Editing Rant: Generic Worldbuilding

Image courtesy of suphakit73 at FreeDigitalPhotos.net

If you have been following my blog, you know I looooove worldbuilding.

Good worldbuilding brings a layer to the game where the characters are more real, the plot more driven, and the story becomes mind-blowing as the reader forgets about their own world and gets involved in yours. Generic worldbuilding creates an opposite affect – the characters are cutouts, the plot phoned in, and the story so “paint-by-numbers” the reader would have been better off buying a choose-your-own-adventure.

The superhero prose genre has some of the best and some of the most generic worldbuilding I have ever seen. Of all sci-fi/fantasy type stories, Superhero prose is one of the easiest for world-building so not doing it is beyond lazy. You don’t need to define where the powers come from – people could one day wake up with the powers; you don’t need to define how they work, they just do. You can play fast and loose with real science, sci-fi science, and fantasy magic. The rules don’t need to make sense. You can have standard powers ranging from “brick” (invulnerable and strong) to speedster to energy. This subgenre, thanks to roleplaying, comes with lots of quick power ideas clearly defined.

The superhero romance I just read did not even try. The superheroes were one family, and they fly and have superstrength, and, with the strength levels, needed to be careful with their romantic interests. Fly and have superstrength; that was it! The extent of the worldbuilding stopped with being careful when hugging their women. No variation between the powers – not even one brother flies better and the other is stronger and the third more invulnerable so they change who responds to what emergency.

I’ve seen generic powers become fun with the superhero learns control by learning how to cook; think fried eggs for strength and whipping up a souffle for speed. The Greatest American Hero TV show (1981-1983) had a flying hero afraid of heights, so  when he first started he topped out his flying at 5 feet above the ground. Take what makes your world unique to the next level!

It’s okay to start your world as “generic” fantasy with elves, orcs, and dwarves or your sci-fi with “typical” faster-than-light travel and laser cannons. Even urban fantasy has the generic setting of vampire, werewolves, and ghosts. But once establish…

make it yours.


Book Review: I, Zombie

Amazon Cover - I Zombie

Book Cover from Amazon

* Someone is Murdering the Dead. *

I, Zombie by Doris Piserchia under the pen name of Curtis Shelby


When the girl from the asylum drowned in the lake that night, she thought it was the end of her life, but she was wrong.

With robots at fifty thousand dollars a unit, it was far more economical to use corpse labour – all it took was a two-thousand dollar animating pack in the brain, and a zombie worker, under the direction of a helmeted controller, could do just about anything except think.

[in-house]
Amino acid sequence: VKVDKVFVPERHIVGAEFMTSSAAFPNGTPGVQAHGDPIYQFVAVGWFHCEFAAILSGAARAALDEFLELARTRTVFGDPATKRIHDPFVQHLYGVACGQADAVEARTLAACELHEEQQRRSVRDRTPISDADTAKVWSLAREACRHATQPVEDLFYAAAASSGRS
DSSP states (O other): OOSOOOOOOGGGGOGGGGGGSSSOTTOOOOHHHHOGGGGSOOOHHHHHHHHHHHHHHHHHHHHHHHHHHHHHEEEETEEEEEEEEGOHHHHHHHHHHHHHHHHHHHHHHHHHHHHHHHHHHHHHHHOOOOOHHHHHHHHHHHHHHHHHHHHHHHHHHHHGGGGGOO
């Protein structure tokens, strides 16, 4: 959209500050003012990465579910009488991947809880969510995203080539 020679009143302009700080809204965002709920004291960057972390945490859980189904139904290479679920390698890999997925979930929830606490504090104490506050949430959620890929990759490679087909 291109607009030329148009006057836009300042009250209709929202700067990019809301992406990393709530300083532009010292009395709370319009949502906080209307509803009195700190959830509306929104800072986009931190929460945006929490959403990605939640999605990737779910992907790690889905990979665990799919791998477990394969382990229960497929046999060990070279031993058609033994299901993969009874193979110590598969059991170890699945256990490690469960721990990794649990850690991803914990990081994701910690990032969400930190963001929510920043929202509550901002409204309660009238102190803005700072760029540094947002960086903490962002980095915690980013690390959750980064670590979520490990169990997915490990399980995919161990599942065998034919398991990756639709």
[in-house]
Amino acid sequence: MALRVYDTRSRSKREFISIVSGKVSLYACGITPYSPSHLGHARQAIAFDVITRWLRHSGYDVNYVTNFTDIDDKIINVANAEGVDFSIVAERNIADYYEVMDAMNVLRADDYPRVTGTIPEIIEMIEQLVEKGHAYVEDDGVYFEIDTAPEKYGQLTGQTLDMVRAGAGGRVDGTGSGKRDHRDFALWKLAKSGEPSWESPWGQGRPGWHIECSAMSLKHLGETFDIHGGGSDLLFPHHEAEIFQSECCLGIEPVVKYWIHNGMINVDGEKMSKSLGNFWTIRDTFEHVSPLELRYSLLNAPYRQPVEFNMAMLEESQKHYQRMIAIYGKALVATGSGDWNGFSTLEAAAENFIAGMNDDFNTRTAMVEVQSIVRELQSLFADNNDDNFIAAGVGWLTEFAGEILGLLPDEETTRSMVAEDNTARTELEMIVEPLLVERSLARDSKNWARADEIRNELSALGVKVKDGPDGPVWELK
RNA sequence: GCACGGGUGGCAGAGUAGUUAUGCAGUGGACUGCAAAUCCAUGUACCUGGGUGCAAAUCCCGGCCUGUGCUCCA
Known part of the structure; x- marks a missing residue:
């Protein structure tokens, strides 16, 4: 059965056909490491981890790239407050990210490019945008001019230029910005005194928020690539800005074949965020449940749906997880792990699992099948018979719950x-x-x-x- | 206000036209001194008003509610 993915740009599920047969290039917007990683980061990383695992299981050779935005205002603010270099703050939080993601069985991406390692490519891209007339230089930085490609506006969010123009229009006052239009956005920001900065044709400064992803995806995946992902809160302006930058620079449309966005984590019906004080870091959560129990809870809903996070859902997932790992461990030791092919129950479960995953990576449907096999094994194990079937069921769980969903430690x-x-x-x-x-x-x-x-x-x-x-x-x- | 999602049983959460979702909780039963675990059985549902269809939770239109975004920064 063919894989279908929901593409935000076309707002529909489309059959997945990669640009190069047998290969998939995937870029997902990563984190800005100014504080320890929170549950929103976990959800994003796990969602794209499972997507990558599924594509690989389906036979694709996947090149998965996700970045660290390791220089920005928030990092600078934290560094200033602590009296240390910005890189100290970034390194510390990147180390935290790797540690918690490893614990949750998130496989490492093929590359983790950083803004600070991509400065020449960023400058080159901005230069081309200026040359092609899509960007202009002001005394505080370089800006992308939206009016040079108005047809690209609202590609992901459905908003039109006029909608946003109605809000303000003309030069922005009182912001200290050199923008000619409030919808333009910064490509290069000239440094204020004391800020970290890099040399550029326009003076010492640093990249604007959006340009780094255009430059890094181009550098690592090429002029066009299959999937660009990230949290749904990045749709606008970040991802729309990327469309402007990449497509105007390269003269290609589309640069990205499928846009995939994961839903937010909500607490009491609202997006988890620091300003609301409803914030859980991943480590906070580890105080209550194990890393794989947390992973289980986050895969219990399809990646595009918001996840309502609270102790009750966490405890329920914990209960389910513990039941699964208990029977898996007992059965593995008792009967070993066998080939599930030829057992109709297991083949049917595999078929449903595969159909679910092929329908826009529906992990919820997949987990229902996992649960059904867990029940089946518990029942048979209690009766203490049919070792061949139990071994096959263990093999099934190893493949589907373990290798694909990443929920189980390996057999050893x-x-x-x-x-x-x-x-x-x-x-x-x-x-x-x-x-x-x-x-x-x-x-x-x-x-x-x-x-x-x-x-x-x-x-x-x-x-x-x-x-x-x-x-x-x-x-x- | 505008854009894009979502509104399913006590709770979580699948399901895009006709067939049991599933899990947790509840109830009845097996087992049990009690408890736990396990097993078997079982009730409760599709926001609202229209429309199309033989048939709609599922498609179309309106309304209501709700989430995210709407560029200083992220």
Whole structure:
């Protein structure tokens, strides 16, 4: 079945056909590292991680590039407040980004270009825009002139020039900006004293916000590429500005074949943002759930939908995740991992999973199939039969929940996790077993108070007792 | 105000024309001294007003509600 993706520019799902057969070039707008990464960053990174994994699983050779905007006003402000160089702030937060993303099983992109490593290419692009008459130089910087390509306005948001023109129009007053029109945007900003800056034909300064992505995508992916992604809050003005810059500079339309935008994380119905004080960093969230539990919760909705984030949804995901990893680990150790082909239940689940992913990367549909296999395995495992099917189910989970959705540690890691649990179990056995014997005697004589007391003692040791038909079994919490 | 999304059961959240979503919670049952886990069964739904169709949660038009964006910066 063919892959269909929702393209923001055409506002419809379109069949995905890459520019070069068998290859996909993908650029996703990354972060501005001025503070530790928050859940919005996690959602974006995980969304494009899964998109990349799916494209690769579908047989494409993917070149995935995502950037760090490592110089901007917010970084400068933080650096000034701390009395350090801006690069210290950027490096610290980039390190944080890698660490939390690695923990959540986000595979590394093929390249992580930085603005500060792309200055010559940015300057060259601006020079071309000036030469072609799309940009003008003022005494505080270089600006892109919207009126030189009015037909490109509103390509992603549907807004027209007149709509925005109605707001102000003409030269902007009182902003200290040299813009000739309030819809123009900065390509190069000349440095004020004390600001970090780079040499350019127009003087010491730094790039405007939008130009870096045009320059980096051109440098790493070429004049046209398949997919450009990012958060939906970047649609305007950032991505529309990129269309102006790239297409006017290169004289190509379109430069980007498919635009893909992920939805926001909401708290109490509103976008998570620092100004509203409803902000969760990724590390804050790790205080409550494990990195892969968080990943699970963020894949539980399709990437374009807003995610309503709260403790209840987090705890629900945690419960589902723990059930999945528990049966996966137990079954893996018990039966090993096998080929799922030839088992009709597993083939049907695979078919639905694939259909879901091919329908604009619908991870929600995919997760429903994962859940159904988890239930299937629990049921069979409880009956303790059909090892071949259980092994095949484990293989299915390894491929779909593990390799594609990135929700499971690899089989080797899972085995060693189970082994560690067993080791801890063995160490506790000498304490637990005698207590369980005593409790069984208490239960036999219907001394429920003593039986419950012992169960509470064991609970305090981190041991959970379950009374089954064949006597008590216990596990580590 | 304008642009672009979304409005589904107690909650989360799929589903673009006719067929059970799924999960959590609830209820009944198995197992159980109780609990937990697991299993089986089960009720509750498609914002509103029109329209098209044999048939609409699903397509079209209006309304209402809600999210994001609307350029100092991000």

Or so everyone said. But in the zombie dorms at night, with only the walking dead for roommates, things were not as they should have been. The girl from the asylum seemed to have more mental ability, not less, and someone was trying to kill her. Kill a dead girl?

Maybe there was more to heaven than an afterlife of manual labour in the company of a bunch of stiffs!



One of my favorite books of all time, I don’t know how many times I have read it. Picked it up back when it was first released in 1982 at an airport to keep from getting bored on a plane. (now available on kindle – yeah! … because my original paperback is Beat Up(tm).)

Interesting psychological study. Pretty cool worldbuilding with the Frogs and the Zombies (deceased humans with brain packs to work them). Actually excellent worldbuilding, the layers to the Zombies and the world trying to translate that over to the mentally disturbed. Layers upon layers with the brain pack technology and the Frog culture.

Then the action adventure with fights in front of a furnace and problem-solving mysteries with someone murdering the dead and the ice world melting, keeps everything moving at a fast pace.

This book is one of my happy places.

NOTE: Curt Selby is the pen name of Doris Piserchia, so “Curt Shelby” appears on the cover but you will now find the book under Doris Pierchia’s real name for the kindle.

Writing Exercise: Unexpected Consequences

Tech Grid Hand Stock Art

Image Courtesy of pixtawan at FreeDigitalPhotos.net

First Step, Initial Worldbuilding – Second Step, Unintended Consequences

Basically one part of worldbuilding is taking the change made in the world and parse it out to additional layers. Only when a writer commits to the consequences of those first choices does the world become real.